Associate Feature: SQA drives Scotland’s skills revolution
Scottish Qualifications Authority (SQA) qualifications ensure Scotland’s economy has the skills it needs to develop and thrive. SQA works with industry, employers, and skills specialists to develop qualifications that support businesses at local, regional, and national levels.
There are more than 2,000 different types of qualification available to schools, colleges, training providers and employers – from Higher National Certificates and Diplomas (HNC/Ds), Scottish Vocational Qualifications (SVQs), National Progression Awards (NPAs), Professional Development Awards (PDAs), employer-owned Customised Awards, as well as Nationals, Highers, and Advanced Highers, and a host of other Skills for Work courses, National Certificates and Awards.
These qualifications help to enable the people of Scotland in life and work and support all sectors of the Scottish economy, including health and social care, construction, games development, hospitality, travel and tourism and leadership and management.
Customised qualifications to fit employers’ needs
SQA Customised Awards are the perfect solution for organisations looking to invest in their workforce, establish competitive advantage or demonstrate quality and compliance.
These tailored qualifications are owned and developed by employers. They allow employers to decide the content and structure of the qualification, with SQA providing support on the development phase, external quality assurance, and certification. Organisations can custom-design their own qualifications that meet their specific business needs, with flexibility on content and qualification structure.
The Actif4 Leadership Diploma is a Customised Award awarded by SQA at level 10 on the Scottish Credit and Qualifications Framework (SCQF). Michelle Fowler from North Star Shipping (left) completed the Leadership Diploma earlier this year, and says it provided her with long-lasting skills for the next step in her career.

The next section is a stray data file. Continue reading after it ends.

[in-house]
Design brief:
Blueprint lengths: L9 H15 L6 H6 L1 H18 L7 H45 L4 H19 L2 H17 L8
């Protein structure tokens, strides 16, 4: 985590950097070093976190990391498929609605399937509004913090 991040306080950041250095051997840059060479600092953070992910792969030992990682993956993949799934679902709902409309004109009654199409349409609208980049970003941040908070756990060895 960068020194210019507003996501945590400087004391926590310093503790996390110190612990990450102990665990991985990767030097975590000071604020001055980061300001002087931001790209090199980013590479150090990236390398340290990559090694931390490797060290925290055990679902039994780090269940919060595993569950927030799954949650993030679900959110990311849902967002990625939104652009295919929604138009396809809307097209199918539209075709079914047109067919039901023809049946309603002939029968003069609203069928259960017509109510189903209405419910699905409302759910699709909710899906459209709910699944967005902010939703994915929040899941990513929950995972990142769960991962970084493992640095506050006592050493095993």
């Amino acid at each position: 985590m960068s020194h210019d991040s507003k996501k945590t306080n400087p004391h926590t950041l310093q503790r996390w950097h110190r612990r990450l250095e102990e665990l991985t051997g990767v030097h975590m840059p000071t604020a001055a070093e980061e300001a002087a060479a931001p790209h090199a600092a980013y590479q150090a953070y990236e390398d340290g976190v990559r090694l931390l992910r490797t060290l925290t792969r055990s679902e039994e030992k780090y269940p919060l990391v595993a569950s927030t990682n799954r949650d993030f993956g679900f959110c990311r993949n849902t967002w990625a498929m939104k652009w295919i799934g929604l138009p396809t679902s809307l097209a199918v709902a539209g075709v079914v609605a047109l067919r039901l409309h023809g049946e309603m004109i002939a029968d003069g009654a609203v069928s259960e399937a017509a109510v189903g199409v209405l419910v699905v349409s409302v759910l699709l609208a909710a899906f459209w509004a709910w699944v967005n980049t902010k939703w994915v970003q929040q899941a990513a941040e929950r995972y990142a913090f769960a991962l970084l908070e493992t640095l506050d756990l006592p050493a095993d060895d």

She says, “I have been in the marine industry for twenty years and have worked my way up to my current position as group Quality, Health, Safety and Environment Manager, leading my team in all things health and safety related onshore and offshore. The diploma was a personal journey to leadership, underpinned by core material from the programme. At the end of the course, I produced project material and evidenced how I developed my skills as part of my daily routine. The course was excellent, and I got to work with a range of leaders from a variety of industries, all on different career paths but all with the same goal of developing their leadership skills. Having my own personal coach throughout the process to discuss my challenges with was worth its weight in gold.”
Developing skills for young people
National Progression Awards (NPAs) are developed in line with National Occupational Standards, which are the basis of Scottish Vocational Qualifications, and in turn many Foundation Apprenticeships. They are available at SCQF levels 2 – 6 and are often delivered by schools in partnership with colleges, and local employers.
Schools across Scotland are increasingly using a mix of NPAs and other SQA awards alongside Highers and Advanced Highers. This gives young people as much opportunity as possible to define their own pathways to success, and progress into higher or further education, training, or employment.
One such qualification is the NPA in Computer Games Development, which teaches learners how to write, design, and develop computer games. The course content covers a variety of topics, including capturing digital media that can be used within a game, copyright, and writing code to produce a game.
Dr Amanda Ford, who has been teaching the qualification for nine years at West College Scotland, explains, “It’s really good for schools, as it tends to be used as the equivalent of a National 5, or Higher. It allows students to take the games development route in their timetable and study something they’re interested in.
“Moving on from school, students can go on to study games further at college or university at a higher level. For example, a HNC or HND in Computer Games Development.”
The knowledge and skills gained can lead to eventual employment in a games or programming position.
This article is sponsored by Scottish Qualifications Authority (SQA)